Send to

Choose Destination
J Heart Lung Transplant. 2007 Jan;26(1):63-9.

Sitaxsentan treatment for patients with pulmonary arterial hypertension discontinuing bosentan.

Author information

Division of Cardiology, University of Alabama at Birmingham, Birmingham, Alabama 35294-0006, USA.



Bosentan, an oral ET(A)/ET(B) receptor antagonist, is approved for the treatment of pulmonary arterial hypertension (PAH). However, some patients discontinue bosentan because of hepatotoxicity or inadequate efficacy. Sitaxsentan, an oral, ET(A)-selective endothelin antagonist currently under investigation, may be an alternative treatment option. In this study we evaluate the safety and efficacy of sitaxsentan in patients discontinuing bosentan.


Forty-eight patients with idiopathic PAH or PAH associated with connective-tissue disease or congenital heart disease were randomized (double-blind) to a single daily dose of either 50 mg or 100 mg sitaxsentan. Thirty-five of the 48 patients discontinued bosentan because of inadequate efficacy, as judged by the investigator, and 13 discontinued bosentan for safety concerns. Study end-points included change in 6-minute walk distance (6MWD), change in World Health Organization (WHO) functional class, time to clinical worsening, and change in Borg dyspnea score (Borg) from baseline to Week 12.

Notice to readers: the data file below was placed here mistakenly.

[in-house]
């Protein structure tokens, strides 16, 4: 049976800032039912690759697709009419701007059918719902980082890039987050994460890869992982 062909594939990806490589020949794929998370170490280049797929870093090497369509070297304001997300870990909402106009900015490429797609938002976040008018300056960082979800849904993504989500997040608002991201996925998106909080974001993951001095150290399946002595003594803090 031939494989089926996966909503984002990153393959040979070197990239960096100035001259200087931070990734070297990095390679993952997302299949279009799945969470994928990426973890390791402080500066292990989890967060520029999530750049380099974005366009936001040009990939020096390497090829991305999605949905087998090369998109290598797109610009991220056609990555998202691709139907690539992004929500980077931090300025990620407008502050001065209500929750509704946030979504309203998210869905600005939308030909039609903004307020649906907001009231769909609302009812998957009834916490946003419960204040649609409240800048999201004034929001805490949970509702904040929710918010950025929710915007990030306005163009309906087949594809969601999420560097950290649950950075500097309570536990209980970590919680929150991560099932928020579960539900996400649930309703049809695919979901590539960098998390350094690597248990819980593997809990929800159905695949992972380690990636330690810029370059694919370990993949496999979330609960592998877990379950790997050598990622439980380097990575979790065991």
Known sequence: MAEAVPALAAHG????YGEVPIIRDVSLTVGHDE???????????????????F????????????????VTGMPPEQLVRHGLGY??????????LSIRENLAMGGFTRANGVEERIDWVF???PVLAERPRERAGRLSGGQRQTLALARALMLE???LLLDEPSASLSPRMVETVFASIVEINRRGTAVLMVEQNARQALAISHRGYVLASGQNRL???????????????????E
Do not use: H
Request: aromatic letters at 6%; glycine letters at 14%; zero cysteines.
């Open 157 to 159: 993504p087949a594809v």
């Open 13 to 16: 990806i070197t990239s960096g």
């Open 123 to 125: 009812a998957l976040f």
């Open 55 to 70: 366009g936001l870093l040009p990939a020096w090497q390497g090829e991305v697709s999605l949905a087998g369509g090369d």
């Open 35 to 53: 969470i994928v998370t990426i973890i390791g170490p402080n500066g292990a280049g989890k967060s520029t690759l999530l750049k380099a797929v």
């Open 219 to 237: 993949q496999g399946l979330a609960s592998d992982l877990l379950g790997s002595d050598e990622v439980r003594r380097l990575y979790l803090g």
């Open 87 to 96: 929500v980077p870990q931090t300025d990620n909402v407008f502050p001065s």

With 100 mg sitaxsentan, 5 of 15 patients (33%) who discontinued bosentan because inadequate efficacy improved, demonstrating a >15% increase in 6MWD, vs 2 of 20 patients (10%) treated with 50 mg sitaxsentan. Fifteen percent and 20% of these patients had a >15% decrease in 6MWD in the 50- and 100-mg groups, respectively. Similar results were seen for the Borg and WHO functional class. Of the 12 patients discontinuing bosentan because of hepatotoxicity, 1 developed elevated liver enzymes at 13 weeks of sitaxsentan therapy. Overall, sitaxsentan was well tolerated.


Sitaxsentan may represent a safe and efficacious alternative endothelin receptor antagonist for patients discontinuing bosentan.

[Indexed for MEDLINE]

Supplemental Content

Full text links

Icon for Elsevier Science
Loading ...
Support Center